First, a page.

Cincinnati Reds NLDS Preview: Power Ranking the Possible Opponents
The dawn of a new football season has a way of making me forget about everything else.
Productivity at work plummets. Relationships become strained. The butt-print on my couch gets conspicuously larger.
However, the real travesty with September football is that baseball becomes secondary. We spend five months with the Boys of Summer, gutting out victories, our eyes glued to the standings, only to completely disengage once the boys in stretchy pants start banging into each other again.
And trust me, I get it. Like every other red-blooded American male, I salivate just thinking about NFL kickoff. In fact, this season I bought TWO Bengals jerseys (one home, one away). It’s part of who we are. But as we sit here on the doorstep of Week 3, I think it’s important to recognize that baseball isn’t over. In fact, for a select few of us, it’s just about to get good.
For most teams, there are 13 games left in the season. And for fans of the really good teams, fans like me, it’s time to start paying attention, because the playoff landscape is taking shape before our eyes.
As Reds fans, there are basically two outcomes to root for, and most of us are pretty torn. On one hand, after so many years of futility, it’d be nice to see our boys finish the season with the best record in baseball. A very attainable goal, seeing as we currently sit a half game back from the universe-leading Nationals. On the other hand, garnering the number-one seed in the National League means facing the winner of the Wild Card play-in game, a team that’s sure to be riding some serious momentum.
Before we’re all lost completely in the fall football furor, here are my rankings of the seven teams the Reds have a decent chance of facing in round one of the playoffs. Call it a playoffs pre-preview. I’ve ranked them on a scale of “bring ‘em on” to “please, just kill us now.”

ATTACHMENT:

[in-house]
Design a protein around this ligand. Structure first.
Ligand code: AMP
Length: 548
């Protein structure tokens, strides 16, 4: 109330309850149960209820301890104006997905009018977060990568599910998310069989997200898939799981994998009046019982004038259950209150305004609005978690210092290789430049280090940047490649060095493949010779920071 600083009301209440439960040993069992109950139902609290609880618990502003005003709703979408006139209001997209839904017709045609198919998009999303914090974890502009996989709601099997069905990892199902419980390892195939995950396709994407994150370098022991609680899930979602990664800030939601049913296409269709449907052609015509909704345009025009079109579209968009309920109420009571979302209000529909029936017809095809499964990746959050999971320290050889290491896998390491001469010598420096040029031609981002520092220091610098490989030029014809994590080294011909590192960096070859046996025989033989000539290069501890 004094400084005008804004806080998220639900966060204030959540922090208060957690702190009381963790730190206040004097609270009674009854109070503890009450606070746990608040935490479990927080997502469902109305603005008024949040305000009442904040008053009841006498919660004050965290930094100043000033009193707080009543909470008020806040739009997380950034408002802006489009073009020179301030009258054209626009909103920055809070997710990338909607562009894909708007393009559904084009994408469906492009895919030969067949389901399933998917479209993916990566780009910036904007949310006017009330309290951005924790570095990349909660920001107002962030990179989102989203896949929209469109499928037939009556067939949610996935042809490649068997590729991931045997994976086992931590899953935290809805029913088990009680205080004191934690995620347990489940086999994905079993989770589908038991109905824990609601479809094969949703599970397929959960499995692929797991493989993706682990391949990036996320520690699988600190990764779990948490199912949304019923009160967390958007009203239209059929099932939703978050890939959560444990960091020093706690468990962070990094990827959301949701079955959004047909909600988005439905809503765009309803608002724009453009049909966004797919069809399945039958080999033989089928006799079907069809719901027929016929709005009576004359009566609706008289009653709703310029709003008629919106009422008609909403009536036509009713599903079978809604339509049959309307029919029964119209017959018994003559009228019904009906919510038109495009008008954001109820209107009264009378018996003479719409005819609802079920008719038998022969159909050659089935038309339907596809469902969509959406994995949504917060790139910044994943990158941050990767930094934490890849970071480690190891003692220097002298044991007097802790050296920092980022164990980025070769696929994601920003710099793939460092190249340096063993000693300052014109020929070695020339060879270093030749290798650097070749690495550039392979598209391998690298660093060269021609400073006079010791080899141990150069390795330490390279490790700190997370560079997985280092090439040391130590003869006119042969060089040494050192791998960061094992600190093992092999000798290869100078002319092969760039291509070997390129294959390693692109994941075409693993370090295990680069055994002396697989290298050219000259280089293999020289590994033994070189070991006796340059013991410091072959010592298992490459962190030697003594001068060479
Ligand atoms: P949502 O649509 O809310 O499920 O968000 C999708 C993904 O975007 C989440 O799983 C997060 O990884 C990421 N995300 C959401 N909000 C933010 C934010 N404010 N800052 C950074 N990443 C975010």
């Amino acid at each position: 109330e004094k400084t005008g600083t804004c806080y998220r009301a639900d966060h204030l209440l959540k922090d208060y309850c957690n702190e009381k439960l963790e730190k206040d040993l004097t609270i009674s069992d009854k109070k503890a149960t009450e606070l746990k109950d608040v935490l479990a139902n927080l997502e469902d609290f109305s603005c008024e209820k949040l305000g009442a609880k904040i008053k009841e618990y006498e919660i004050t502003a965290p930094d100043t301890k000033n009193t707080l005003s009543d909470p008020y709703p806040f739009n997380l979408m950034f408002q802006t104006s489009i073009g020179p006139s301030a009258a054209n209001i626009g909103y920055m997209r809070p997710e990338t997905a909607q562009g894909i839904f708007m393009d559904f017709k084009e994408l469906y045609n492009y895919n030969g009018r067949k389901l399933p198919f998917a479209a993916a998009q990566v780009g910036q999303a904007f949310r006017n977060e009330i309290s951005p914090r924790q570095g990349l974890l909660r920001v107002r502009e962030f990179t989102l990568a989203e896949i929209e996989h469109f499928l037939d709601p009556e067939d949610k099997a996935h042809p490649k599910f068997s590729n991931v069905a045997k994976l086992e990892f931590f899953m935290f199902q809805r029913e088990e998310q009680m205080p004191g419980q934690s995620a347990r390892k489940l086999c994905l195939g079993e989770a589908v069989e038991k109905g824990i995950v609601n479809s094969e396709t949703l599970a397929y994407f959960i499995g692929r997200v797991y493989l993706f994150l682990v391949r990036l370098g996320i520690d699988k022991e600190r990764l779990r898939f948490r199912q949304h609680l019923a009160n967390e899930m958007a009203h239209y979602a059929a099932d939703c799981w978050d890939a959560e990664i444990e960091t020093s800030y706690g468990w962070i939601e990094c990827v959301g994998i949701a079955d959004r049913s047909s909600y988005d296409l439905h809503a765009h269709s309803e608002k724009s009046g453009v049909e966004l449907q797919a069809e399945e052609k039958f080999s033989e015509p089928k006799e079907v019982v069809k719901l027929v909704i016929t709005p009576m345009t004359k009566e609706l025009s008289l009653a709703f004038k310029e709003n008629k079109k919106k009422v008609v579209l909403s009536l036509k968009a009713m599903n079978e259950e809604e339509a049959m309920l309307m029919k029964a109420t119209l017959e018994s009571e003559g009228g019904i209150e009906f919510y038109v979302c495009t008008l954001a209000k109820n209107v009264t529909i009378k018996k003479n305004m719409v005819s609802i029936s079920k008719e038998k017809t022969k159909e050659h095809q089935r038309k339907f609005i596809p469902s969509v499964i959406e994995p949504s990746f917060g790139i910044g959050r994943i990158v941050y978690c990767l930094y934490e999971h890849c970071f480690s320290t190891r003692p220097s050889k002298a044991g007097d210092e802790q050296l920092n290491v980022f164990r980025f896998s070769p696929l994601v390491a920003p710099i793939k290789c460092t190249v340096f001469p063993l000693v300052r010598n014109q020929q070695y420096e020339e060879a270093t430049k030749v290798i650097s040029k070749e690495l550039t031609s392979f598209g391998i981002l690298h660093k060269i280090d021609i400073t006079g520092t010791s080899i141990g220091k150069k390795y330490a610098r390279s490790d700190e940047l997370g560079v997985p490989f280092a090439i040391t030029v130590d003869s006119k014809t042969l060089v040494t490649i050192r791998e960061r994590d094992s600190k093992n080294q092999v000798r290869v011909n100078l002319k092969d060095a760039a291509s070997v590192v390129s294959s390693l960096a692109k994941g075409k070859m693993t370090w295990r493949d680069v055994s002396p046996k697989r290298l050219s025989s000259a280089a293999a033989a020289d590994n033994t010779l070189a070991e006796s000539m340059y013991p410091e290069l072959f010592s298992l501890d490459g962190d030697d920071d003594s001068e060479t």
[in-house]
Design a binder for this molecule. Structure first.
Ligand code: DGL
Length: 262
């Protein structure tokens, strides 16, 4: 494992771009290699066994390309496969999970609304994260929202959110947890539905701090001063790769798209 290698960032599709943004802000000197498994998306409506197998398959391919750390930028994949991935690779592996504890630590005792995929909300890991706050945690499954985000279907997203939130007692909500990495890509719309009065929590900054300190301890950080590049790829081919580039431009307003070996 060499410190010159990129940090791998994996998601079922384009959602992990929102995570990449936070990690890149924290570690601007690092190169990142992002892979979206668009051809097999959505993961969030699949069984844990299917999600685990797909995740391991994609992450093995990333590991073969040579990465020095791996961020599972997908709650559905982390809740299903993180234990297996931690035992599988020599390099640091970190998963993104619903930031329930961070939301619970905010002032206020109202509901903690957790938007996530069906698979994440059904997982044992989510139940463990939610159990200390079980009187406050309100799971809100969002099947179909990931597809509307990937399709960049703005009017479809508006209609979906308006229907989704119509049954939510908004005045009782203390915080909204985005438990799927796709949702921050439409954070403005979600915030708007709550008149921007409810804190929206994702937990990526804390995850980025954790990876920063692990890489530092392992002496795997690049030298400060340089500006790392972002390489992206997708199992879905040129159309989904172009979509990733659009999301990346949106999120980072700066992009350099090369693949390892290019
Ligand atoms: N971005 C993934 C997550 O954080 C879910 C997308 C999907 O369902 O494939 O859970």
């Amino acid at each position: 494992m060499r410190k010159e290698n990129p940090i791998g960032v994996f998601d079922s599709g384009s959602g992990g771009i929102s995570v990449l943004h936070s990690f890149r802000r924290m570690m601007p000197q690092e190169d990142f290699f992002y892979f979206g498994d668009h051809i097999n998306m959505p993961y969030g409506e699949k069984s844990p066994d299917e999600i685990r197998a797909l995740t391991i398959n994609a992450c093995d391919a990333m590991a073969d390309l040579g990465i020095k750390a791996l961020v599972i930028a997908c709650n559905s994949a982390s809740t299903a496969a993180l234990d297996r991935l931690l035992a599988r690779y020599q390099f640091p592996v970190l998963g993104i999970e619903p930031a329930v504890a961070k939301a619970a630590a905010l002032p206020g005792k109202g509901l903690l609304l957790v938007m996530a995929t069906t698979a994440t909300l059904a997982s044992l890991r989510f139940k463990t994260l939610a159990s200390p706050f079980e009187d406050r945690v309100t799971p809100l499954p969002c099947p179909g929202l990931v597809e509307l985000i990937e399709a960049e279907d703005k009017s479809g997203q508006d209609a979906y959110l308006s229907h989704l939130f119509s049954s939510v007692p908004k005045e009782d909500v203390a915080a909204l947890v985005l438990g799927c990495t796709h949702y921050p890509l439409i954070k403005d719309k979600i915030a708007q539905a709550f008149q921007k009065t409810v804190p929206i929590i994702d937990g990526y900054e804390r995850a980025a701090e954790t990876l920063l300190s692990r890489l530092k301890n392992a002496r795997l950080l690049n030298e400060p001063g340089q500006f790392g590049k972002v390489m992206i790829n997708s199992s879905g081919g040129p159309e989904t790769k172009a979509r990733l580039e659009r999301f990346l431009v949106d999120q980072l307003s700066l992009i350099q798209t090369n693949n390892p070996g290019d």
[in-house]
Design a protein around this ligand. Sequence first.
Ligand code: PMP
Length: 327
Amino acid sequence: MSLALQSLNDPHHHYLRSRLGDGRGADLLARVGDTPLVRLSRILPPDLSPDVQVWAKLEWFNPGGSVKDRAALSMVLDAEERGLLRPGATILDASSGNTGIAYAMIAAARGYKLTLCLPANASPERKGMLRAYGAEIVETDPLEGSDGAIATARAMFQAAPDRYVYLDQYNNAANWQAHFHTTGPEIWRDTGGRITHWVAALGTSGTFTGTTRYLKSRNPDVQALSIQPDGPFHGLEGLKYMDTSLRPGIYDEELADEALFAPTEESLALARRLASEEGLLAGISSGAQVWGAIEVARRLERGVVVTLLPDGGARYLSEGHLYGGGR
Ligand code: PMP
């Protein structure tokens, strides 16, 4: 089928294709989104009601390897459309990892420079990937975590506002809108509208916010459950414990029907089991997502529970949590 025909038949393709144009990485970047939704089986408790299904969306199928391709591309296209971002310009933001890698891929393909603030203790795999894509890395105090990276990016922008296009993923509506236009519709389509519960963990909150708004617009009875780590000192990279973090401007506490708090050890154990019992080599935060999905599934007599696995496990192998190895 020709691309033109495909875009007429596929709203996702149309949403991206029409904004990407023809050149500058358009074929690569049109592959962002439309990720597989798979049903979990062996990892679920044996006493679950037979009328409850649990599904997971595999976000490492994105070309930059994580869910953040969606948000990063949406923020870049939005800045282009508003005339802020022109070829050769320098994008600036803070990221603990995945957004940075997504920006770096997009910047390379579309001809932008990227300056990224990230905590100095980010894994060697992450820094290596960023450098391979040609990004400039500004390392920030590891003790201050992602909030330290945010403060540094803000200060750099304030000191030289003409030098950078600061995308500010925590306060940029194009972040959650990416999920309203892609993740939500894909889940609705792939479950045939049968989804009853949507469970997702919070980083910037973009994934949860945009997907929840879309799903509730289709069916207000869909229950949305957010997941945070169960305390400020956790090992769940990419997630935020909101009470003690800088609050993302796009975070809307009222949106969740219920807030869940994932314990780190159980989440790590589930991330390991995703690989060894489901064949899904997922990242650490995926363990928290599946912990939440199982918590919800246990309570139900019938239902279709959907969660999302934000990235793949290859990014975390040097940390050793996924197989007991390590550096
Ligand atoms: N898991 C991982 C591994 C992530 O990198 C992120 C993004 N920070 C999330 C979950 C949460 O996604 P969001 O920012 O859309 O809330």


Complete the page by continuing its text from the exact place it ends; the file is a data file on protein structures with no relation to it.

7. Los Angeles Dodgers
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I tossed this word out about two seconds ago, but it bears mentioning again: MOMENTUM. That is, the thing the Dodgers have none of.
Since August 15th, Magic Johnson’s monstrosity of an investment has gone 12-19, which has come as a surprise to absolutely no one who’s lucky to have both Hanley Ramirez AND Adrian Gonzalez on their fantasy team (over heeeeere).
Of course, a lot can change between now and October 3rd. The Dodgers could reel off eight wins in a row, pass St. Louis in the standings and cruise confidently into the play-in game.
More likely, however, is that they continue to play uninspired baseball, something they’ve grown quite accustomed to in September (7-9). As far as I’m concerned, the Dodgers are Clayton Kershaw, Matt Kemp and bunch of dudes.
Current Status: Two games back in the Wild Card
6. Pittsburgh Pirates
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I’ve been on record at least a dozen times saying the Pirates would collapse. Since Day One, that scenario has been as inevitable to me as the sun setting in the West and the Ochocinco/Lozada marriage ending in violence.
The only thing is, to everyone else’s minor annoyance, the Bucco’s seemed to just keep hanging around.
Well, we can all get back to our morning coffee, because the world has recently righted itself. Pittsburgh’s lost 10 of their last 12 games, and now seems to just be intent on getting that elusive 81st win and finishing at or above .500 (something the franchise hasn’t done since the Spanish-American War, approximately).
If it weren’t for the fact that the Pirates are our NL Central rivals (that always makes me semi-nervous), I’d have them eighth on this list of seven. That’s how dead they look.
Current Status: Four and a half games back in the Wild Card
5. San Francisco Giants
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Pitching, pitching, pitching.
It’s the only thing that’s kept San Fran from a fourth-place finish in each of the last five years. Between twin aces Tim Lincecum and Matt Cain and newcomers Madison Bumgarner and Ryan Vogelsong, the Giants have had a rotation to rival any in baseball.